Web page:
While the profits from the sales will not go directly to charity (40 per cent goes to the gallery and 60 per cent to the artists), it is an opportunity to tell the story of how people use creative expression to help them cope with such a devastating disease. In so doing, it may spark charitable donations or other awareness-building initiatives.

Visitors to the show, which coincides with Brain Tumour Awareness Month, will see 30 pieces from anyone touched by the disease, including survivors and their family members. Among the work displayed will be three photographs from Julia and one prose poem/photograph from me; we will donate any profit from the sale of our work to cancer-fighting charities.


A photograph of tree trunks standing strong against the chill of winter is a metaphor for the strength and courage cancer survivors must show when faced with the disease. It’s among the images taken by’s Julia Pelish for the “Brain Cancer Got Me Thinking” exhibition. (Julia Pelish/

Glioblastoma is such a deadly disease because the cancer cells can spread like tentacles throughout the brain and move quickly to overtake healthy brain cells. One of the greatest challenges for those of us who have do combat the disease is to learn again to skip happily through life’s moments while knowing we are tiptoeing on the ultimate precipice. For Julia’s birthday, I drove her from Vancouver to Tofino on the Pacific coast of Canada. We boarded a fishing boat that promised us a ride that would reap hundreds of delectable BC spot prawns straight from the sea. The boat left the dock on the wet morning to carry us through Clayoquot Sound, a waterway guarded by specks of verdant islands thick with old-growth trees. Our guide would halt the engine every few hundred metres in order to pull up one prawn trap after another after another. The first was empty, the second one too. The third had a lonely creature sticking to the twine. In all, the bounty of the two-hour sail netted six quivering prawns and a bucket of jokes about our charter’s poor luck. Through it, Julia clung to her camera and photographed with the intent she always has, capturing through her lens eagles descending the sky, a lustrous fog blanketing the hills, our beleaguered boat captain pondering his next move. Despite the frustration with the prawns, she saw opportunity to salvage the trip. Amid the gloom of the west coast rain, she laughed, knowing warmth awaited on shore, along with an abundance of minutes to explore on that precious day.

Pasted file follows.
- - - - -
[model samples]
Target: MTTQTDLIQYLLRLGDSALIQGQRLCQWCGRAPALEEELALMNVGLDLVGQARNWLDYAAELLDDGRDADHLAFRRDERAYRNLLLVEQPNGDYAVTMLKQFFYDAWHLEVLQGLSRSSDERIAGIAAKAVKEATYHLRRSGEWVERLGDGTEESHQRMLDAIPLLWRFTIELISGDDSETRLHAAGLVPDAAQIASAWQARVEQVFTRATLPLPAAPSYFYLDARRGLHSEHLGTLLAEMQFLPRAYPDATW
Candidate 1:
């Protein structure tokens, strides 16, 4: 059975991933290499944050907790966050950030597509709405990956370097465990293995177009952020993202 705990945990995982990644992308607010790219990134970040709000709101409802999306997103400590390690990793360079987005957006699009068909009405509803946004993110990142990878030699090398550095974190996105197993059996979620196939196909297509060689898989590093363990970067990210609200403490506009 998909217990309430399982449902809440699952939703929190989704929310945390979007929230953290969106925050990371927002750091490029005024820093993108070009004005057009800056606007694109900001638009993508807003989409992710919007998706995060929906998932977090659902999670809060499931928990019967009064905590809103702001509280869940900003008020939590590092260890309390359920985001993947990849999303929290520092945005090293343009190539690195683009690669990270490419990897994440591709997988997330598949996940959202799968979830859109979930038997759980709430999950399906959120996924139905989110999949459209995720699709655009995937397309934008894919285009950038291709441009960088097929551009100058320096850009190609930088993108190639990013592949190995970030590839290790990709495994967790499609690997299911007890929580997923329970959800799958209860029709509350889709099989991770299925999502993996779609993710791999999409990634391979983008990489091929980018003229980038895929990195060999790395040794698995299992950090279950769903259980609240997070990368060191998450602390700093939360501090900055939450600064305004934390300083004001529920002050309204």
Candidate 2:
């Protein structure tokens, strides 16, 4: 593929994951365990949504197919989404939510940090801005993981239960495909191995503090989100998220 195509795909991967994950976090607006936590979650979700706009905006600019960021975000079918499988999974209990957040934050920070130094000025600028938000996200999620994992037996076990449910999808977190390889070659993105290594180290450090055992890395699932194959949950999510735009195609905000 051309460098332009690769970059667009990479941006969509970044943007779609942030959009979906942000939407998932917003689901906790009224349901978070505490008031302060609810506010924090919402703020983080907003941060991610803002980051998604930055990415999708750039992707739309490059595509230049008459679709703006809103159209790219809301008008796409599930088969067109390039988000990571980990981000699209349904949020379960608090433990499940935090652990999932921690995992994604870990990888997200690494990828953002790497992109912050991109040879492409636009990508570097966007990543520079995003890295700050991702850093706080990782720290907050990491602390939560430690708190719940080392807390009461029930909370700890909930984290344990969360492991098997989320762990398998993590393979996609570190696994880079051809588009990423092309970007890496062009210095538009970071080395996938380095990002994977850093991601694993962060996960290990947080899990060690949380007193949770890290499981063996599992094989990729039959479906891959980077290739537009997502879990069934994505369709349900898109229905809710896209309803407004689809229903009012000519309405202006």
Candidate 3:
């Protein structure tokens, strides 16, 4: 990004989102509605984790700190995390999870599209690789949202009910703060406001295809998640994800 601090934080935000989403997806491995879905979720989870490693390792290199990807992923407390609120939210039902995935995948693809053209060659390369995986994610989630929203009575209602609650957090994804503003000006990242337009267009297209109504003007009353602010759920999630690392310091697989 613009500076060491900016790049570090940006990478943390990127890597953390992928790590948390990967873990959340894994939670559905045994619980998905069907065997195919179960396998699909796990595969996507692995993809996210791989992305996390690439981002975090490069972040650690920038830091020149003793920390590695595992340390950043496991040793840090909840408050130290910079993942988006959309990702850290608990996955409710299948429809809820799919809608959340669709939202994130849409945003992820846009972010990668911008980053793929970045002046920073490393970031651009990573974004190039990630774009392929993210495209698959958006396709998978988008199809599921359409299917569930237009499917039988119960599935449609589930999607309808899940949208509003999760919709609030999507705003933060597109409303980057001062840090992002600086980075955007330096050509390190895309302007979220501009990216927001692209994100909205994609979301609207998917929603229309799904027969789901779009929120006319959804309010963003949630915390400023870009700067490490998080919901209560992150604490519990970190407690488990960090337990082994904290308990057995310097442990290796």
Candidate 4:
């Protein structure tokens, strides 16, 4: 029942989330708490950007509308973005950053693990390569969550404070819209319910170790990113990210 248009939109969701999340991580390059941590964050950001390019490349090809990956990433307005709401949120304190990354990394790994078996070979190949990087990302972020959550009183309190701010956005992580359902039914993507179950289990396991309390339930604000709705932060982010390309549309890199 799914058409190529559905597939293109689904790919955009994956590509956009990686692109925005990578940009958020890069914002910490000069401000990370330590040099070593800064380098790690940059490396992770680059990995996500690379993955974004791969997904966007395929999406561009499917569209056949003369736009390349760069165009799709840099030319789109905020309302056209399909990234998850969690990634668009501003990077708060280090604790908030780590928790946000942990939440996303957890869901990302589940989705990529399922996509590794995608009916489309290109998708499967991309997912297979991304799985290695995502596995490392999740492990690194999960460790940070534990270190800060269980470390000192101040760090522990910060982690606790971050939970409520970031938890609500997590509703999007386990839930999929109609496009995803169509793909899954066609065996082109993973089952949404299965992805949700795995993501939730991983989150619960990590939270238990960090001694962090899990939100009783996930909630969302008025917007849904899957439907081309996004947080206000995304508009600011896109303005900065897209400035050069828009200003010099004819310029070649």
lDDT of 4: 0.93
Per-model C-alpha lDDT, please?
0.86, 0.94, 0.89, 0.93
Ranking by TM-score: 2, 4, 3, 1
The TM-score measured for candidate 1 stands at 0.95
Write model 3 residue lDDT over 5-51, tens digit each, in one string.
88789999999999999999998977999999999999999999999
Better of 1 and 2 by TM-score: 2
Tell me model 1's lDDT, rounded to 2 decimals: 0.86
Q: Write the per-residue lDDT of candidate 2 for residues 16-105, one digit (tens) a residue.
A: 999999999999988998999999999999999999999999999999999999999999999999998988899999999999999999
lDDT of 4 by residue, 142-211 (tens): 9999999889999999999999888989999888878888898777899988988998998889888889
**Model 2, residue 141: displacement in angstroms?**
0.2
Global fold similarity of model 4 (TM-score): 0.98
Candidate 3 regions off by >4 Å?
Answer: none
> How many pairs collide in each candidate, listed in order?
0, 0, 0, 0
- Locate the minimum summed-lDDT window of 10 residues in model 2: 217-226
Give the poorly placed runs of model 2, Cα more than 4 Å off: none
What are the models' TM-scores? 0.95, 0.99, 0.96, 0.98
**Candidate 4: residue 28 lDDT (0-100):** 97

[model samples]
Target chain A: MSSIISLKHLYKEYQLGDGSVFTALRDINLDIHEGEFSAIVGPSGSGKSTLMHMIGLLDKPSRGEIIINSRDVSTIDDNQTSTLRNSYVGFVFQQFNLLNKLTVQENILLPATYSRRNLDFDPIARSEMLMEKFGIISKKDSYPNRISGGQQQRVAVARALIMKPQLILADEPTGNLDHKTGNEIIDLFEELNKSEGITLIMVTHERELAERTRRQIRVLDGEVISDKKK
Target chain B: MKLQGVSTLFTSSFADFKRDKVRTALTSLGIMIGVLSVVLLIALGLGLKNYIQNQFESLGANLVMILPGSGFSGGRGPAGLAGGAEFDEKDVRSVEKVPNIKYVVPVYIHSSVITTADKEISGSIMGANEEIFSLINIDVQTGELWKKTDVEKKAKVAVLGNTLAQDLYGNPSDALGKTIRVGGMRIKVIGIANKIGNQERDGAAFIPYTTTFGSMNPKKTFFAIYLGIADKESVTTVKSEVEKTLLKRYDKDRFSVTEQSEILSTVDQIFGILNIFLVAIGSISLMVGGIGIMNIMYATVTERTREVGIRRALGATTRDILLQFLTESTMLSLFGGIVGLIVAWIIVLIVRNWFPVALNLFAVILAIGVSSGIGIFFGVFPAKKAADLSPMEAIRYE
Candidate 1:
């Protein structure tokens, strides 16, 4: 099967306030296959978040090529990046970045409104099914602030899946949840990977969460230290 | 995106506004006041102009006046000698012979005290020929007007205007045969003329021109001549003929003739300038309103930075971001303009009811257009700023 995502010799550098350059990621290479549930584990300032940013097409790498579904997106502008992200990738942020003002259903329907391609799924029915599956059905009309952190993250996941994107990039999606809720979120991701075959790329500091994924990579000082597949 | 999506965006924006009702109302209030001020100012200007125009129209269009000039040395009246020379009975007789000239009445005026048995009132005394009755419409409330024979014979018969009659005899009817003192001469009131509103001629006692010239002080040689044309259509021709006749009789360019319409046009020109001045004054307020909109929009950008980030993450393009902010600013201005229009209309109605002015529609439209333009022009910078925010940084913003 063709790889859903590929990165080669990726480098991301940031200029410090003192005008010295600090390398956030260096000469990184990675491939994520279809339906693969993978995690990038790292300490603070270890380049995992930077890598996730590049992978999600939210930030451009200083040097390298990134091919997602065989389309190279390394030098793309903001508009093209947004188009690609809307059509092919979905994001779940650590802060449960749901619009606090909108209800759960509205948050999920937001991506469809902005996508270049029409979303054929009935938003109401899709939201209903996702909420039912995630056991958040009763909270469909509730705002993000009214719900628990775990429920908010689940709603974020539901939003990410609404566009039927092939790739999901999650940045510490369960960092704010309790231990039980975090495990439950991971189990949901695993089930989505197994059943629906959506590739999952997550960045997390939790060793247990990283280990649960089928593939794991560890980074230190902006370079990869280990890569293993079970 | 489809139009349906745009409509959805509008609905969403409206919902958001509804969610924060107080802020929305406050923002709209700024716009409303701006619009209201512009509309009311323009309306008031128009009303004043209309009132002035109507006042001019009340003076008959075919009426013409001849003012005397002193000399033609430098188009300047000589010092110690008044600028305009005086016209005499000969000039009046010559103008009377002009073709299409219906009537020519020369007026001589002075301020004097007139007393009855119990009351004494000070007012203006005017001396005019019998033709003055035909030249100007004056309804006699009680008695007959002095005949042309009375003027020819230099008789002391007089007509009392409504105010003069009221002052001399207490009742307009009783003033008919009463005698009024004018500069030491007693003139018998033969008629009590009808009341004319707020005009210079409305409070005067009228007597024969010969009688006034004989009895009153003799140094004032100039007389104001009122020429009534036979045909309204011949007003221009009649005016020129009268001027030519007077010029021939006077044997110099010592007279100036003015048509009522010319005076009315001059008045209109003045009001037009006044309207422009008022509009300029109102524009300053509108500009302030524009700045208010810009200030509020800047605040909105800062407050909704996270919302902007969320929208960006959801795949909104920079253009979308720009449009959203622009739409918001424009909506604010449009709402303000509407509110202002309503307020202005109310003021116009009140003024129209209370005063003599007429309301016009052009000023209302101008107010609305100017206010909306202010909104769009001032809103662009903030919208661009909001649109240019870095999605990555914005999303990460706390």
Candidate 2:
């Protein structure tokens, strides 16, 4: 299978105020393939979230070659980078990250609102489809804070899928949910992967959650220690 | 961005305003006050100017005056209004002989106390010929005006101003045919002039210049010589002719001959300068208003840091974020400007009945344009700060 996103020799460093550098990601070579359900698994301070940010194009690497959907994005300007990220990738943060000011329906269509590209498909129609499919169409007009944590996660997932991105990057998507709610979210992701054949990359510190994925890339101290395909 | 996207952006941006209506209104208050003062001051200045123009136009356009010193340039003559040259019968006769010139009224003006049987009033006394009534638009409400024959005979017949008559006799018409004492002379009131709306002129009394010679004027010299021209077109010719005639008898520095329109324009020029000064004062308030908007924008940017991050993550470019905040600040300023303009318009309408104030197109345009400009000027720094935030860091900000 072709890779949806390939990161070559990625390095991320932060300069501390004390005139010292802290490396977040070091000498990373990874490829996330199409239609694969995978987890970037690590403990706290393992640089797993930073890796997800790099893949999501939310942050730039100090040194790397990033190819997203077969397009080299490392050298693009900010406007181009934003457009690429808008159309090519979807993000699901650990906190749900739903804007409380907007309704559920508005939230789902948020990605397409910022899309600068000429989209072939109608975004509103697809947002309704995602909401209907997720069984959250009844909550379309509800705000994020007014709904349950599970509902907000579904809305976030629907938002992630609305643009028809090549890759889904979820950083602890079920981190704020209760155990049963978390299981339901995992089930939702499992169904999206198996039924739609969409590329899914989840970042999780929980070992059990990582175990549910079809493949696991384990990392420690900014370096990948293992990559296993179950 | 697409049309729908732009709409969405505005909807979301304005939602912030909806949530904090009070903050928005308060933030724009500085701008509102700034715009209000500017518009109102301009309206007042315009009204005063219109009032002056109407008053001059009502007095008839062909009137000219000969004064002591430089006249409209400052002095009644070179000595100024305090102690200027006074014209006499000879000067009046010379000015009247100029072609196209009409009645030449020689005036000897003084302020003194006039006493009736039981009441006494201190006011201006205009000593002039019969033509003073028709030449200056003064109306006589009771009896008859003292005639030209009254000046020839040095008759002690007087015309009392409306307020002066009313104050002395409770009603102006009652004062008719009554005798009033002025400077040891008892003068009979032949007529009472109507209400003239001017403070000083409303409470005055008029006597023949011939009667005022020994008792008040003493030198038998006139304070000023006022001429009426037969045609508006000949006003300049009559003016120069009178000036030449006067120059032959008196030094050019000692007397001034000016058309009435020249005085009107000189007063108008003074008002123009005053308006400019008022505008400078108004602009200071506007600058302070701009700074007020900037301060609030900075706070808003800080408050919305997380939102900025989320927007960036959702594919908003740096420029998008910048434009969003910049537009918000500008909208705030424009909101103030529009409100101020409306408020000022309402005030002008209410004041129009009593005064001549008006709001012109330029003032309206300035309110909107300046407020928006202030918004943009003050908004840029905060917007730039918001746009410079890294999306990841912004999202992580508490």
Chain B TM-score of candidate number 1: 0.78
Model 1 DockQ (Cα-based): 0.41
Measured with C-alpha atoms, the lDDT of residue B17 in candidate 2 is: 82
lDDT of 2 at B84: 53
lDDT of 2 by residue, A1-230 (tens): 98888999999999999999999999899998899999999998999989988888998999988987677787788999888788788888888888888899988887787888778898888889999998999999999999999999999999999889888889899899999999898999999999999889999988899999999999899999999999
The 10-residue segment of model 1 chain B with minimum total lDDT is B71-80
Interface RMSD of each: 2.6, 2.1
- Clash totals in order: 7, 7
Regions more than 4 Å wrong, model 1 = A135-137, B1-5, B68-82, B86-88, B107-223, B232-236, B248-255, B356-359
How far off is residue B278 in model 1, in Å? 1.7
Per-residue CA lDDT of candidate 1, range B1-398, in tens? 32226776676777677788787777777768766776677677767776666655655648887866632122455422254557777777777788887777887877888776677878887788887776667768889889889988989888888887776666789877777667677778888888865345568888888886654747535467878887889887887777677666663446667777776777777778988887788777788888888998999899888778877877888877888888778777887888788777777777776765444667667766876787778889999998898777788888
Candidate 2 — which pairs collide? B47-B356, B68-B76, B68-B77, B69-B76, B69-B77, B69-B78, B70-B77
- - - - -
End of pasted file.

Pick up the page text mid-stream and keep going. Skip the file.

More About the ’Brain Cancer Got Me Thinking’ Exhibit

Dates: October 7-13, 2015
Location: Visual Space Gallery, 3352 Dunbar Street, Vancouver, BC (see map below)
Twitter Hashtag: #BrainCancerGMT
Hours: Tuesday-Saturday, noon-6 pm (closed Sunday, Monday)
Admission: Free
Art Work: See the video above for images of the pieces that will be displayed as well as other submissions.
More Info: Visit the Brain Tumour Foundation of Canada website for additional details on the art show, how the pieces were selected, and resources that can help individuals and families who are fighting the disease.


Adrian is the editor of and He also edited "Inspired Cooking", a nutrition-focused cookbook featuring 20 of Canada's leading chefs and in support of the cancer-fighting charity, InspireHealth. "Inspired Cooking" was created in honour of Adrian's late wife and co-founder, Julia Pelish, who passed away of brain cancer in 2016. Adrian has won numerous awards for his travel writing, travel photography, and fiction, and has visited more than 55 countries. He is a former editor at the Toronto Star and New York Newsday, and was the social media and advocacy manager for Destination Canada. His articles have frequently appeared in the Huffington Post, Globe & Mail, and other major publications. He has appeared on national and local broadcasts, talking about travel, sports, creative writing and journalism. In 2019, he launched Trippzy, a travel-trivia app developed to educate consumers about destinations around the world.